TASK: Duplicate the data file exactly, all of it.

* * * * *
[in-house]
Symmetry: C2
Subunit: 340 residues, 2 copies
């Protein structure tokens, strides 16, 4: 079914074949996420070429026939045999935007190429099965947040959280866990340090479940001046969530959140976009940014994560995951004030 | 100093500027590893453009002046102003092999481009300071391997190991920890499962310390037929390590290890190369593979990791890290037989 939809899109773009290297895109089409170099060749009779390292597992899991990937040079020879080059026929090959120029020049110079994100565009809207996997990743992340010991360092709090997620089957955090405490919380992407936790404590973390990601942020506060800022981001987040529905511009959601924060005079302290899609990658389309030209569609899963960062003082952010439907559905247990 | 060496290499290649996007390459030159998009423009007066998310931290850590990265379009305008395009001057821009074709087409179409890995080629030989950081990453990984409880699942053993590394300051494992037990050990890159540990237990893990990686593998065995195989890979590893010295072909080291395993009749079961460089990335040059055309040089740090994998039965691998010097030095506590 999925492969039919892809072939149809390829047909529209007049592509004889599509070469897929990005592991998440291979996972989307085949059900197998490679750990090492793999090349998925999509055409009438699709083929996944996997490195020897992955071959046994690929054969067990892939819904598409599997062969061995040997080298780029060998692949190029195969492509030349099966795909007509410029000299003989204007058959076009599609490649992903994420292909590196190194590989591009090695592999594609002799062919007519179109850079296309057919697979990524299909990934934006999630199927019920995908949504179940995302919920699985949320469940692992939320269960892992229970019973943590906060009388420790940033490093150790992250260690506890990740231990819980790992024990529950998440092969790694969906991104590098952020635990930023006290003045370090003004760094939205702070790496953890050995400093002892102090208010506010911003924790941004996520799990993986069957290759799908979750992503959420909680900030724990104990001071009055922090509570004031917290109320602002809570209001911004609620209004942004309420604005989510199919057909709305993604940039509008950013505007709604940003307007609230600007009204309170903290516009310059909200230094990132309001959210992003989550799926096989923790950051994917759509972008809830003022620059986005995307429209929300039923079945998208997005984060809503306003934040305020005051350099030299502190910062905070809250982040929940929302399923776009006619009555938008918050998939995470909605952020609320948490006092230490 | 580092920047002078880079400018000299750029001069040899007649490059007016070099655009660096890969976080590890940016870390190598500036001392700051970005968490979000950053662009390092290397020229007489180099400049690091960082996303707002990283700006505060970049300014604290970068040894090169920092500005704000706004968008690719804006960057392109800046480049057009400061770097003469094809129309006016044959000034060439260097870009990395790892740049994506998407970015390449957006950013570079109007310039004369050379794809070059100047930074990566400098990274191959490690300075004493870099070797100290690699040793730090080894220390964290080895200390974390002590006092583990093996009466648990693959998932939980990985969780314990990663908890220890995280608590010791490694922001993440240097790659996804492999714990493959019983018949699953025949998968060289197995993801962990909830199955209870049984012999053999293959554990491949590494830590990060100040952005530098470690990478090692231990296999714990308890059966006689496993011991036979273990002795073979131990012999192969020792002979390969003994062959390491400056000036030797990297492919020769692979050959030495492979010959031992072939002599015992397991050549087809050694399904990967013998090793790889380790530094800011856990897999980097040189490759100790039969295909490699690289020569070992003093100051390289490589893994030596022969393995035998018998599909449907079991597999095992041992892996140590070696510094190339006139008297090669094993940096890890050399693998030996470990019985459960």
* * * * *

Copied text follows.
[in-house]
Symmetry: C2
Subunit: 340 residues, 2 copies
């Protein structure tokens, strides 16, 4: 079914074949996420070429026939045999935007190429099965947040959280866990340090479940001046969530959140976009940014994560995951004030 | 100093500027590893453009002046102003092999481009300071391997190991920890499962310390037929390590290890190369593979990791890290037989 939809899109773009290297895109089409170099060749009779390292597992899991990937040079020879080059026929090959120029020049110079994100565009809207996997990743992340010991360092709090997620089957955090405490919380992407936790404590973390990601942020506060800022981001987040529905511009959601924060005079302290899609990658389309030209569609899963960062003082952010439907559905247990 | 060496290499290649996007390459030159998009423009007066998310931290850590990265379009305008395009001057821009074709087409179409890995080629030989950081990453990984409880699942053993590394300051494992037990050990890159540990237990893990990686593998065995195989890979590893010295072909080291395993009749079961460089990335040059055309040089740090994998039965691998010097030095506590 999925492969039919892809072939149809390829047909529209007049592509004889599509070469897929990005592991998440291979996972989307085949059900197998490679750990090492793999090349998925999509055409009438699709083929996944996997490195020897992955071959046994690929054969067990892939819904598409599997062969061995040997080298780029060998692949190029195969492509030349099966795909007509410029000299003989204007058959076009599609490649992903994420292909590196190194590989591009090695592999594609002799062919007519179109850079296309057919697979990524299909990934934006999630199927019920995908949504179940995302919920699985949320469940692992939320269960892992229970019973943590906060009388420790940033490093150790992250260690506890990740231990819980790992024990529950998440092969790694969906991104590098952020635990930023006290003045370090003004760094939205702070790496953890050995400093002892102090208010506010911003924790941004996520799990993986069957290759799908979750992503959420909680900030724990104990001071009055922090509570004031917290109320602002809570209001911004609620209004942004309420604005989510199919057909709305993604940039509008950013505007709604940003307007609230600007009204309170903290516009310059909200230094990132309001959210992003989550799926096989923790950051994917759509972008809830003022620059986005995307429209929300039923079945998208997005984060809503306003934040305020005051350099030299502190910062905070809250982040929940929302399923776009006619009555938008918050998939995470909605952020609320948490006092230490 | 580092920047002078880079400018000299750029001069040899007649490059007016070099655009660096890969976080590890940016870390190598500036001392700051970005968490979000950053662009390092290397020229007489180099400049690091960082996303707002990283700006505060970049300014604290970068040894090169920092500005704000706004968008690719804006960057392109800046480049057009400061770097003469094809129309006016044959000034060439260097870009990395790892740049994506998407970015390449957006950013570079109007310039004369050379794809070059100047930074990566400098990274191959490690300075004493870099070797100290690699040793730090080894220390964290080895200390974390002590006092583990093996009466648990693959998932939980990985969780314990990663908890220890995280608590010791490694922001993440240097790659996804492999714990493959019983018949699953025949998968060289197995993801962990909830199955209870049984012999053999293959554990491949590494830590990060100040952005530098470690990478090692231990296999714990308890059966006689496993011991036979273990002795073979131990012999192969020792002979390969003994062959390491400056000036030797990297492919020769692979050959030495492979010959031992072939002599015992397991050549087809050694399904990967013998090793790889380790530094800011856990897999980097040189490759100790039969295909490699690289020569070992003093100051390289490589893994030596022969393995035998018998599909449907079991597999095992041992892996140590070696510094190339006139008297090669094993940096890890050399693998030996470990019985459960």